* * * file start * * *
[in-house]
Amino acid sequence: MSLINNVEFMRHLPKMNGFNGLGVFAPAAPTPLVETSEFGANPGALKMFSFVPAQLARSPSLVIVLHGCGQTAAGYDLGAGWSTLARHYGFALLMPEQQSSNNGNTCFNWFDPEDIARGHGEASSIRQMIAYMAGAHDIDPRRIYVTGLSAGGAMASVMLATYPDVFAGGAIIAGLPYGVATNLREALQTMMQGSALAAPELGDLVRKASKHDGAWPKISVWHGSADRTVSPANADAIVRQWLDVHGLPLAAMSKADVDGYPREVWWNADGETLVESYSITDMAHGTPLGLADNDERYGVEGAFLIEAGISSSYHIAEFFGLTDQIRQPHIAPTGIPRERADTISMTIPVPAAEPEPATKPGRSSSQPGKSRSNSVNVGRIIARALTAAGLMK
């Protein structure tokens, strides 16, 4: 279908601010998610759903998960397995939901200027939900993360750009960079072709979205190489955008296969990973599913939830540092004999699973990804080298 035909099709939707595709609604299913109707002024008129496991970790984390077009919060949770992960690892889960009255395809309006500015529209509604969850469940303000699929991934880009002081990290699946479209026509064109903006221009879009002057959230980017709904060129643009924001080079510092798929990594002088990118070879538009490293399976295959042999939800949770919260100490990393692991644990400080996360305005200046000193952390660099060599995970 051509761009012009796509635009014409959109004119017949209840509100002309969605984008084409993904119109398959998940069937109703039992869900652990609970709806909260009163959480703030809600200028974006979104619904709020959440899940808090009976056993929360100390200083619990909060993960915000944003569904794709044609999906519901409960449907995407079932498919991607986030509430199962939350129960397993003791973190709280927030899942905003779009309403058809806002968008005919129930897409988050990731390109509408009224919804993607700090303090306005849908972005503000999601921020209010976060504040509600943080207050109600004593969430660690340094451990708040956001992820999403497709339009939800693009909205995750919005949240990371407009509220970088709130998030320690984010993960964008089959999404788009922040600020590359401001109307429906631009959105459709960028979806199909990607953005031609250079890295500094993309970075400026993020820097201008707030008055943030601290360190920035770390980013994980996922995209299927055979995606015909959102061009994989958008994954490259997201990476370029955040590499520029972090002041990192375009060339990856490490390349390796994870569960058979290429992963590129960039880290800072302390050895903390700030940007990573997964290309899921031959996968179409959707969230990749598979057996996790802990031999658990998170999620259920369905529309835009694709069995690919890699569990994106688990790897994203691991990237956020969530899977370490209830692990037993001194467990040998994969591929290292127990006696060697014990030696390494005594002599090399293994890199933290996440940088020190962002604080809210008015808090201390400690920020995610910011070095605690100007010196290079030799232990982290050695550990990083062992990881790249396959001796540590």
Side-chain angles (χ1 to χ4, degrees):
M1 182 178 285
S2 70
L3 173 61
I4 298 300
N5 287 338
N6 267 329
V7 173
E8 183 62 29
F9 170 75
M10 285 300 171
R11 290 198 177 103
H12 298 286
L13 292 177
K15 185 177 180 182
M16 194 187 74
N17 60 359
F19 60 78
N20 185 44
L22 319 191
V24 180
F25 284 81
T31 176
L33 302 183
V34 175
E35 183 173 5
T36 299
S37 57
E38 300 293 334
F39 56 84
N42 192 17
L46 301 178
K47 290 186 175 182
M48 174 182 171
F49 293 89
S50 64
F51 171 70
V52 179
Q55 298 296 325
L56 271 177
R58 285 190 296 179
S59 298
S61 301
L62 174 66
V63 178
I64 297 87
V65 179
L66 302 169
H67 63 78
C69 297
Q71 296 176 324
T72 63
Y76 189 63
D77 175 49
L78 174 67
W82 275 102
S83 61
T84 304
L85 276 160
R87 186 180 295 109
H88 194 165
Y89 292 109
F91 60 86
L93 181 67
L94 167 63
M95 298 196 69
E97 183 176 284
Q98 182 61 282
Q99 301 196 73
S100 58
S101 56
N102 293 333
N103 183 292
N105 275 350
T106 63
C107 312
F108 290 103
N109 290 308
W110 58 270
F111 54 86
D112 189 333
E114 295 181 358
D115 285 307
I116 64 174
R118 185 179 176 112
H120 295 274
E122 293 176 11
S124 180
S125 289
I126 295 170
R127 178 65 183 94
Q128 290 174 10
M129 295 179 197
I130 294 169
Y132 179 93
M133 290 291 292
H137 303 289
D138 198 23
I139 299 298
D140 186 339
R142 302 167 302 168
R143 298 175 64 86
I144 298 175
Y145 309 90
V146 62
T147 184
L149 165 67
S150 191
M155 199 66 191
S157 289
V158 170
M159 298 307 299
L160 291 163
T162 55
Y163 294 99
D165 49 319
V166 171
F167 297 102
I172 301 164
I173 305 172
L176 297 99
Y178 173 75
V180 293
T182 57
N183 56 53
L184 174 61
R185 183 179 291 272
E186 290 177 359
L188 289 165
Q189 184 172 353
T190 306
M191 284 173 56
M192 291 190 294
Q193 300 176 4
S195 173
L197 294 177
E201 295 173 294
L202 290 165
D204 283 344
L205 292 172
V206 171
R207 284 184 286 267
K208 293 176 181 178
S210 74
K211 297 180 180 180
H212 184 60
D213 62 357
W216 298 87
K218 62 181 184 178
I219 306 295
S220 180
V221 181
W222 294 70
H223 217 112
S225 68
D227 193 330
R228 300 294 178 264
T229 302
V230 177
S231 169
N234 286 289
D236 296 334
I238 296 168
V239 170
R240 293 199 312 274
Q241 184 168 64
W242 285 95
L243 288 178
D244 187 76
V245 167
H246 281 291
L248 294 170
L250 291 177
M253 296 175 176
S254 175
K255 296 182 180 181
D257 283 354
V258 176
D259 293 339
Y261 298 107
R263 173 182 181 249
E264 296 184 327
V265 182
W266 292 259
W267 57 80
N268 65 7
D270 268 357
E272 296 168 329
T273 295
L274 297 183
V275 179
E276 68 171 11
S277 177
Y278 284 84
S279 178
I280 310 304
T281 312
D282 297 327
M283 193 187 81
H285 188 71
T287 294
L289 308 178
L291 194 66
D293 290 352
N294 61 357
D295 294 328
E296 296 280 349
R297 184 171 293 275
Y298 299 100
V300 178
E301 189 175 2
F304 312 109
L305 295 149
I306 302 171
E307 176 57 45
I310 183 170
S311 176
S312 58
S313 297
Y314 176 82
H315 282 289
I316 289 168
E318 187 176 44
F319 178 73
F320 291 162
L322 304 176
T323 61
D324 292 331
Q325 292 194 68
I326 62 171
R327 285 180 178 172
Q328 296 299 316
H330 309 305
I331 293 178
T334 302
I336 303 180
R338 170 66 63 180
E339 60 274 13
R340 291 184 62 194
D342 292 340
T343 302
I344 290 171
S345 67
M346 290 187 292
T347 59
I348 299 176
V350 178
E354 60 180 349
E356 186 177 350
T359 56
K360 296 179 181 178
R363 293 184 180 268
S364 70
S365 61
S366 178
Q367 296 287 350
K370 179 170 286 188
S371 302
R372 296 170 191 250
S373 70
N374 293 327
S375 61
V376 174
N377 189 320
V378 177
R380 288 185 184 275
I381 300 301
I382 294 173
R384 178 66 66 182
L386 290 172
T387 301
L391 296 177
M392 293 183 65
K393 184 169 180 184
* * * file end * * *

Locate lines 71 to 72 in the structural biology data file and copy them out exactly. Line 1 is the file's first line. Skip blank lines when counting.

Q98 182 61 282
Q99 301 196 73